My good buddies at Avvo throw a party for themselves every year in Vegas. You know, that place where whatever happens stays there? When they got thin on in-house cheerleaders to lead the chorus in singing their praises, they decided to try something new, the Avvo flavor of Ignite Law.
In fairness, I’m a little miffed that I didn’t know about this sooner, as I would have submitted my bid for an all-expenses-paid trip to Vegas on Avvo’s dime:
Lose the iPad for the yPad: Why buy shiny when you already have yellow on your desk?
But I didn’t know about the contest, and can’t compete with the seven minute blitzkrieg of “Bringing Sexy Back: Do you know what your contracts say?” or “Corporations are people too: Solving this other A2J-like problem is a huge opportunity.” Important stuff, right? Oh wait, Avvo doesn’t actually pay the freight? They have to pay Avvo to get a slot to market their wares? Who would do something so asinine?
But then, it’s not like Avvo is playing in the same sandbox as the other tech-wankers. Avvo CEO Mark Britton was given a chance to speak to the American Bar Association’s House of Delegates. Perhaps the House of Pancakes was booked already?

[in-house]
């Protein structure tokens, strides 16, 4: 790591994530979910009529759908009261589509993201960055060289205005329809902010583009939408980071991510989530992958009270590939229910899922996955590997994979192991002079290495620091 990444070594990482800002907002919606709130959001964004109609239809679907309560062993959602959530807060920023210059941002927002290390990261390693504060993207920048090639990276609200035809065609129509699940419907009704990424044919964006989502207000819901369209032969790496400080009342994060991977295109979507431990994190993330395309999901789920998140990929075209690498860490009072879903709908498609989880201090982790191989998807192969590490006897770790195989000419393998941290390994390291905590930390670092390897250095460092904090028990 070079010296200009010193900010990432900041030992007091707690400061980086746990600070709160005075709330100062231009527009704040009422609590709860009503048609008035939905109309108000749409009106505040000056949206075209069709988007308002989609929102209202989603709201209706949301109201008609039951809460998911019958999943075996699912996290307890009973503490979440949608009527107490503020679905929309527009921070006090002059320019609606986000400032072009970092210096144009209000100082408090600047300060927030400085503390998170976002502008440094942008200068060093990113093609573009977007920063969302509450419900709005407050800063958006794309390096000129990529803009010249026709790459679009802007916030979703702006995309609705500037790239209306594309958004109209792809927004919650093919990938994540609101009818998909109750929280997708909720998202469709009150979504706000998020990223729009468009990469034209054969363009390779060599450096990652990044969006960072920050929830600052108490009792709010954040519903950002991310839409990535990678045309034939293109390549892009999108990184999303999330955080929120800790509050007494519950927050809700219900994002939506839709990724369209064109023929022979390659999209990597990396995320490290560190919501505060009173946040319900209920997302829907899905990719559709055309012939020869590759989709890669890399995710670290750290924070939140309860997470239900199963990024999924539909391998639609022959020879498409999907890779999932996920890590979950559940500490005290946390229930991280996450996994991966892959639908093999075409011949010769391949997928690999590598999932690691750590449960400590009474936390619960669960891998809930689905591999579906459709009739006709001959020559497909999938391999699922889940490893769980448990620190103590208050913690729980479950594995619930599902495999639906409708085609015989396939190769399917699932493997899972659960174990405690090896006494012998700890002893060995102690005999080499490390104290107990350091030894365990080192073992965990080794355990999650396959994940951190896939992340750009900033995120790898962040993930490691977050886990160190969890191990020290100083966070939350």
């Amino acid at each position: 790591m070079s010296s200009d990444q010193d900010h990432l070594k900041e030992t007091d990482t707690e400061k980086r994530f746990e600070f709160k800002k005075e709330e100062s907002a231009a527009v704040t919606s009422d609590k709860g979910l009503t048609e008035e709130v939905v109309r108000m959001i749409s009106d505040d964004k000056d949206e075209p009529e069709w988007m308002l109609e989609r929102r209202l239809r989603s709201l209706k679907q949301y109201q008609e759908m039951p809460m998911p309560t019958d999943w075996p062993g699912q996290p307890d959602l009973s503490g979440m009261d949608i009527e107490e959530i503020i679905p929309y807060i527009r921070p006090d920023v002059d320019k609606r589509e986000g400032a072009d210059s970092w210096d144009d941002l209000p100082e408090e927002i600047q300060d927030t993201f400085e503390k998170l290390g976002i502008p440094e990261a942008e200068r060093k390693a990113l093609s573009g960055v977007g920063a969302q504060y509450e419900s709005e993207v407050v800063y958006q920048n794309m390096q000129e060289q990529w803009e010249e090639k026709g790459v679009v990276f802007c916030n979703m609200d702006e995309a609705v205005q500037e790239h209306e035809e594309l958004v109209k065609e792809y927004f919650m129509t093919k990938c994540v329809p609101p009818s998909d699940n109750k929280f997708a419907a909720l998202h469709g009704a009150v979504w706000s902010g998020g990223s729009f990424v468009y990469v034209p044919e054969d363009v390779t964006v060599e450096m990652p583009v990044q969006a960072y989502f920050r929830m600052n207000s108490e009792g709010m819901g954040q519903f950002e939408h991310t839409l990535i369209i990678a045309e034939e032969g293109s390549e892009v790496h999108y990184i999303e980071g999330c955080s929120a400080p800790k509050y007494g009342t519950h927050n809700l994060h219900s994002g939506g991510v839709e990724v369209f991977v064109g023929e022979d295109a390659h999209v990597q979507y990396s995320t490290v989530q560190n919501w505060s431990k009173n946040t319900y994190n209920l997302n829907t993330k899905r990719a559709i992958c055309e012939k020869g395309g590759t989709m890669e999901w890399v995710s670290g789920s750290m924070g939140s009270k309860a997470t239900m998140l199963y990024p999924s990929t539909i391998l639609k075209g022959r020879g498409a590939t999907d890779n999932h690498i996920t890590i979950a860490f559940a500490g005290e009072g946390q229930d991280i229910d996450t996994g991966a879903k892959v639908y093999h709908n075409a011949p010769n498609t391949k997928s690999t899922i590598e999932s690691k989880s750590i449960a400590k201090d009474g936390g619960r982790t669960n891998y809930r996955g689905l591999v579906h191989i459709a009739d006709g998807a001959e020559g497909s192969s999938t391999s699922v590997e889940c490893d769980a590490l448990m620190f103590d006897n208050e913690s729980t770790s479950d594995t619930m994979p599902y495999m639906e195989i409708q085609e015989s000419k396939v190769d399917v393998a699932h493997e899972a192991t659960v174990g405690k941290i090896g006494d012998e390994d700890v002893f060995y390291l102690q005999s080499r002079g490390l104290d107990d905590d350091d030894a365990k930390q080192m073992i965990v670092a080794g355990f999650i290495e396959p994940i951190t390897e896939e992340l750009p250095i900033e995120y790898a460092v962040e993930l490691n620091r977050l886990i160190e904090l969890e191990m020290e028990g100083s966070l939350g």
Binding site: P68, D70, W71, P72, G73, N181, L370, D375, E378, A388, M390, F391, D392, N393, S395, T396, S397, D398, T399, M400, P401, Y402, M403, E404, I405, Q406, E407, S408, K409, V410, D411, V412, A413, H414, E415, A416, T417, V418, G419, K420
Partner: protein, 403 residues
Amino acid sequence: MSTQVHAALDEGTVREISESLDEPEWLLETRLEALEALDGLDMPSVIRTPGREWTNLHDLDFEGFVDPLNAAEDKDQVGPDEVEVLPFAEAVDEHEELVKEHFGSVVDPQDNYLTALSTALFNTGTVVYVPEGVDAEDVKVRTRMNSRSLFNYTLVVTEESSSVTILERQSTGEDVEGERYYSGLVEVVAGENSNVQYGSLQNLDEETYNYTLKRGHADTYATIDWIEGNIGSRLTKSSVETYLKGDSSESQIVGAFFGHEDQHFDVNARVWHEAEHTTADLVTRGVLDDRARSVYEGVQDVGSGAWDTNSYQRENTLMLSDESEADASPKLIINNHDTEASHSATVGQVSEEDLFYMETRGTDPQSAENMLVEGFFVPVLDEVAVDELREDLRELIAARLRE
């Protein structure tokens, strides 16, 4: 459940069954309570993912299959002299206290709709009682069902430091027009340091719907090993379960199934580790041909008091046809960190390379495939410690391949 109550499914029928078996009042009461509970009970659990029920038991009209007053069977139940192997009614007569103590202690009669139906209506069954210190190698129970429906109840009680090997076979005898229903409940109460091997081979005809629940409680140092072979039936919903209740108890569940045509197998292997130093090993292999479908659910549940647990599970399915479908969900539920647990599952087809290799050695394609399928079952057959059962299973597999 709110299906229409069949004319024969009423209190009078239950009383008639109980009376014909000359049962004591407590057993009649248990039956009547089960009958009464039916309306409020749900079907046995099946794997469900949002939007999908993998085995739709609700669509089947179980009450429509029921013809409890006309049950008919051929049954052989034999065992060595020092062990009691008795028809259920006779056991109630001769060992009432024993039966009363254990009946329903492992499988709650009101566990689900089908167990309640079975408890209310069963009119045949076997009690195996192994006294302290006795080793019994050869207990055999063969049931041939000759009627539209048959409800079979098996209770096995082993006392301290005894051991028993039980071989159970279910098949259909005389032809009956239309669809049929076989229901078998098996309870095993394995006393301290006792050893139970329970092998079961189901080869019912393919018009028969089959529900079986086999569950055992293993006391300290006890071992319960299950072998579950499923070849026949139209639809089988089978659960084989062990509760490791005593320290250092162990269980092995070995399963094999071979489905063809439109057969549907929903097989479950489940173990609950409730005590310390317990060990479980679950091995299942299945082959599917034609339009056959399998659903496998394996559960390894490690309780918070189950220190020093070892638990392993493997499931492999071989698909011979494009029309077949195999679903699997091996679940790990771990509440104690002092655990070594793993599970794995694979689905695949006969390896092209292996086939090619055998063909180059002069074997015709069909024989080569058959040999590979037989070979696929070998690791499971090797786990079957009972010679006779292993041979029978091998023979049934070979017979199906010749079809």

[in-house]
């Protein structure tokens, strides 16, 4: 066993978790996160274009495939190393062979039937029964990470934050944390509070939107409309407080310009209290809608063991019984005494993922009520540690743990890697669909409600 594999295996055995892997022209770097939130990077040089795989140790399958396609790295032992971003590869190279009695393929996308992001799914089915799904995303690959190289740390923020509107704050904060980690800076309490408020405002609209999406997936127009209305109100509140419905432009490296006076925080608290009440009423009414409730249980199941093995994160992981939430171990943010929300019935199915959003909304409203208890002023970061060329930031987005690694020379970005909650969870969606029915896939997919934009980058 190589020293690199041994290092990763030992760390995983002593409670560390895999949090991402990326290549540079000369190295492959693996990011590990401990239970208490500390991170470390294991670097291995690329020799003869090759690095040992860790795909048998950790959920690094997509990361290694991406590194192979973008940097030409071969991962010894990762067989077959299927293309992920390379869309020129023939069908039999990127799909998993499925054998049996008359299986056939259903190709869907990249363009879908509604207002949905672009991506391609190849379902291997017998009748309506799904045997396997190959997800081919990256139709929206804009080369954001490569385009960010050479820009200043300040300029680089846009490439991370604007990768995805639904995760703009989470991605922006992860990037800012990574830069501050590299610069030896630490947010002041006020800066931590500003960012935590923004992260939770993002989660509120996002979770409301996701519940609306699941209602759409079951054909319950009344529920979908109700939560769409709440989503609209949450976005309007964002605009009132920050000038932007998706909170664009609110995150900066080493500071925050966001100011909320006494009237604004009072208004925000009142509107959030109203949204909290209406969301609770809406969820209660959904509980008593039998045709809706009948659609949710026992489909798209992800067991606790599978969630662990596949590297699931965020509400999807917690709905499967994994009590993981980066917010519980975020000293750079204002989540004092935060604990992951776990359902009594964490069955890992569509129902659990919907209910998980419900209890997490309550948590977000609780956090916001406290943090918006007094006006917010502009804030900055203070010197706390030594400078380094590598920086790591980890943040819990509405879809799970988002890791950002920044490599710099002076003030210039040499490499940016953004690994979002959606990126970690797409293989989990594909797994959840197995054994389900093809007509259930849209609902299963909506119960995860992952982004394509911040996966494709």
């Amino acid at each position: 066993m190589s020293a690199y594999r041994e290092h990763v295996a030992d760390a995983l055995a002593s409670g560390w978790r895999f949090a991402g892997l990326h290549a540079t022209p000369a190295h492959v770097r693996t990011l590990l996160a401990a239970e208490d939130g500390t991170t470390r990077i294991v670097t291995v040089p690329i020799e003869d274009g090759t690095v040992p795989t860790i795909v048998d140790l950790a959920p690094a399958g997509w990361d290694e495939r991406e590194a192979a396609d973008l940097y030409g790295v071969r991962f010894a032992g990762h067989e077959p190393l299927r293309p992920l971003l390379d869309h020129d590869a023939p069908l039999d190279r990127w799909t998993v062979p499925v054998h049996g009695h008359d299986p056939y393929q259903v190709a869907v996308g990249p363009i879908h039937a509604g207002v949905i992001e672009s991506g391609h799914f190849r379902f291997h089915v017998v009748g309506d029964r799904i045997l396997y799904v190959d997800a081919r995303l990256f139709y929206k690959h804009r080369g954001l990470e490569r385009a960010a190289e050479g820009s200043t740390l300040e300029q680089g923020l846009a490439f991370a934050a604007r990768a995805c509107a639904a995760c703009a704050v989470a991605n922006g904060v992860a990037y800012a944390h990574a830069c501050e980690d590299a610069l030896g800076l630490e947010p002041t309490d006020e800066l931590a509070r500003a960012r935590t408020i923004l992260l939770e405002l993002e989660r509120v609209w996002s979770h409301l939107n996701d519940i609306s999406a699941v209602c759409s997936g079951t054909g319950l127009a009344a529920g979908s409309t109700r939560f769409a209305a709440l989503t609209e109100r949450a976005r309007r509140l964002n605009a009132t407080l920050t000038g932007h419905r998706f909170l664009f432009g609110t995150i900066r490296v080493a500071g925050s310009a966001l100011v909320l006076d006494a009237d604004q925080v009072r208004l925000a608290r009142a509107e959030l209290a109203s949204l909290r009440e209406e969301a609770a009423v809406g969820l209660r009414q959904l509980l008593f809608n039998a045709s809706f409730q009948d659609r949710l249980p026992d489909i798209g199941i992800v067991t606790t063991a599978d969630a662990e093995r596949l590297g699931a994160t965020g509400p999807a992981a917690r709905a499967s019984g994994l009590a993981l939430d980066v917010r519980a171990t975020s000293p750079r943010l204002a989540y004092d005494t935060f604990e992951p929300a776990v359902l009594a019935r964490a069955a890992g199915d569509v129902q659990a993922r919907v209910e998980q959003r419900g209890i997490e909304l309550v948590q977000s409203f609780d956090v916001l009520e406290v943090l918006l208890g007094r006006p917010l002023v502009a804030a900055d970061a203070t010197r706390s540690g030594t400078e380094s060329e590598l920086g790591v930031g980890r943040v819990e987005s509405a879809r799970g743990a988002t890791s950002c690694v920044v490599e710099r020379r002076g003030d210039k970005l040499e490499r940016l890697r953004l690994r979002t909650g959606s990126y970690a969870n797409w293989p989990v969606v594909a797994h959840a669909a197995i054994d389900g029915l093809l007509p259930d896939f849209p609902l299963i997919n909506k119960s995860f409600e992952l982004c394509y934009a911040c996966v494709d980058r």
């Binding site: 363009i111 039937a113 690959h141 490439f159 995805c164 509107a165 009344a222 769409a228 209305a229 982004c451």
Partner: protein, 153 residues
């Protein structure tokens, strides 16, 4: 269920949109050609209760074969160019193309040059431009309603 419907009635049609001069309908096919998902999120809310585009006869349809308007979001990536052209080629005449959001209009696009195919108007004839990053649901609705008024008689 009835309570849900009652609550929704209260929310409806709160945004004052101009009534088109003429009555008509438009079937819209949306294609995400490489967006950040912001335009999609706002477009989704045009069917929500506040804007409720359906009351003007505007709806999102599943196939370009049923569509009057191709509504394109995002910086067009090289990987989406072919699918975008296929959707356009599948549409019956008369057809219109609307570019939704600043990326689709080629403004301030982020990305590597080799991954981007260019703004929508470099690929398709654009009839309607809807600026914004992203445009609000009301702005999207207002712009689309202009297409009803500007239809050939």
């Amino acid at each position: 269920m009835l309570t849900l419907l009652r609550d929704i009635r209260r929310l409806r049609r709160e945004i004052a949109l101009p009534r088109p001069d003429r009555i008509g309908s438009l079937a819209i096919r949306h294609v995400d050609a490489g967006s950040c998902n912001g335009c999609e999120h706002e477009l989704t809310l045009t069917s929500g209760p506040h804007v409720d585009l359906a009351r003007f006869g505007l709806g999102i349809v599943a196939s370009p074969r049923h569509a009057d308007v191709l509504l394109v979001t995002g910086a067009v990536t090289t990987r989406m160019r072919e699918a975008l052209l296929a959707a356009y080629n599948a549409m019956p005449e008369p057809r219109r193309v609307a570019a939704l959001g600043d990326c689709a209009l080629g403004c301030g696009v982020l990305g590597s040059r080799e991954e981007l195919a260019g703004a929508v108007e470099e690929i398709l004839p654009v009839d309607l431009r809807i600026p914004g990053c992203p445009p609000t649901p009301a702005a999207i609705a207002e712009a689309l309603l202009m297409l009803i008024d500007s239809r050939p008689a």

His director of promotion and general counsel, Josh King, explains at his well-named marketing blog, Socially Awkward:
The ABA Journal reports that Mark Britton – Avvo’s CEO, and my boss – told the ABA House of Delegates that bar regulators need to “get rid of UPL” and embrace innovation.
If you read the comments on the piece, you’ll note that Mark’s sentiment was not warmly or widely embraced.
That’s to be expected of the defensive members of my conservative and sometimes hidebound profession. Change is scary and unsettling.
That is so true, change is scary and unsettling. But that’s not the problem with Mark’s pitch, and Josh is smart enough to construct a straw man for the foolish.
But something’s got to give. There continues to be a massive disconnect between lawyers and the potential clients out there who could use their services – if only the bars could get out of the way and seriously consider:
- Allowing non-lawyer ownership of law firms, so that talented non-lawyers could import from other industries the innovations, merchandising, and customer service orientation so lacking in the practice of law.
- Significantly carving back the definition of “the practice of law” so that non-lawyers could provide a much wider range of straightforward legal-related services.
- Removing artificial geographic constraints, so that attorneys could more freely find and serve their clients, regardless of physical location.
And anyone who doesn’t agree is a dinosaur who is afraid of change. See how easy that is? After all, lawyers are “defensive members of [Josh’s] conservative and sometimes hidebound profession.” If he characterizes opposition with ad hominems, he doesn’t have to acknowledge, and then face, the legitimate reasons for opposition.
The professional independence of lawyers must be protected, deception and shoddy services must be rooted out, and competency to practice within a jurisdiction’s courts must be maintained.
But it starts with having a real discussion about whether the current structure of overreaching UPL restrictions serves any of these ends well.